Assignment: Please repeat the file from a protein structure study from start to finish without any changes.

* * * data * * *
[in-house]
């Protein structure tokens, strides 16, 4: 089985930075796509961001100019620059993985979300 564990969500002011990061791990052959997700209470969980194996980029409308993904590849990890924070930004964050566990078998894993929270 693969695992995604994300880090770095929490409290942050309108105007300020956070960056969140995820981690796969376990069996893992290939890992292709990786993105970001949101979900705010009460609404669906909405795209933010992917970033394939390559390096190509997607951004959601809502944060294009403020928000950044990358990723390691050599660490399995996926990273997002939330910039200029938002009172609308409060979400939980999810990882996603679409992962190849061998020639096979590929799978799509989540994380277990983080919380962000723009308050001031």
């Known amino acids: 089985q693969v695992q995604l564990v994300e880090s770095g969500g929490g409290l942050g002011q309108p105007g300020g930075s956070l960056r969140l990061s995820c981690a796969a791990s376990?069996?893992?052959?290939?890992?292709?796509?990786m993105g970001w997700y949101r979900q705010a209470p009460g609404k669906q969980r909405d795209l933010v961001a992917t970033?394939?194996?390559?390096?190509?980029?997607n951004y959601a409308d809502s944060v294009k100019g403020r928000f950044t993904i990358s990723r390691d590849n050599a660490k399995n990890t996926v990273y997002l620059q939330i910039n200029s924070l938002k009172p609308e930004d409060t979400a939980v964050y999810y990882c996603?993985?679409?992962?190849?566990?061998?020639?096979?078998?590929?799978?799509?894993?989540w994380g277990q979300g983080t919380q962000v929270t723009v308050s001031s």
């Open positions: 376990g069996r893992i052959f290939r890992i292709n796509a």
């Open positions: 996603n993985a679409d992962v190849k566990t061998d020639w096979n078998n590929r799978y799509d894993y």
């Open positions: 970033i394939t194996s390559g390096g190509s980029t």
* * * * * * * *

[in-house]
């Protein structure tokens, strides 16, 4: 089985930075796509961001100019620059993985979300 564990969500002011990061791990052959997700209470969980194996980029409308993904590849990890924070930004964050566990078998894993929270 693969695992995604994300880090770095929490409290942050309108105007300020956070960056969140995820981690796969376990069996893992290939890992292709990786993105970001949101979900705010009460609404669906909405795209933010992917970033394939390559390096190509997607951004959601809502944060294009403020928000950044990358990723390691050599660490399995996926990273997002939330910039200029938002009172609308409060979400939980999810990882996603679409992962190849061998020639096979590929799978799509989540994380277990983080919380962000723009308050001031």
């Known amino acids: 089985q693969v695992q995604l564990v994300e880090s770095g969500g929490g409290l942050g002011q309108p105007g300020g930075s956070l960056r969140l990061s995820c981690a796969a791990s376990?069996?893992?052959?290939?890992?292709?796509?990786m993105g970001w997700y949101r979900q705010a209470p009460g609404k669906q969980r909405d795209l933010v961001a992917t970033?394939?194996?390559?390096?190509?980029?997607n951004y959601a409308d809502s944060v294009k100019g403020r928000f950044t993904i990358s990723r390691d590849n050599a660490k399995n990890t996926v990273y997002l620059q939330i910039n200029s924070l938002k009172p609308e930004d409060t979400a939980v964050y999810y990882c996603?993985?679409?992962?190849?566990?061998?020639?096979?078998?590929?799978?799509?894993?989540w994380g277990q979300g983080t919380q962000v929270t723009v308050s001031s």
């Open positions: 376990g069996r893992i052959f290939r890992i292709n796509a």
């Open positions: 996603n993985a679409d992962v190849k566990t061998d020639w096979n078998n590929r799978y799509d894993y």
């Open positions: 970033i394939t194996s390559g390096g190509s980029t």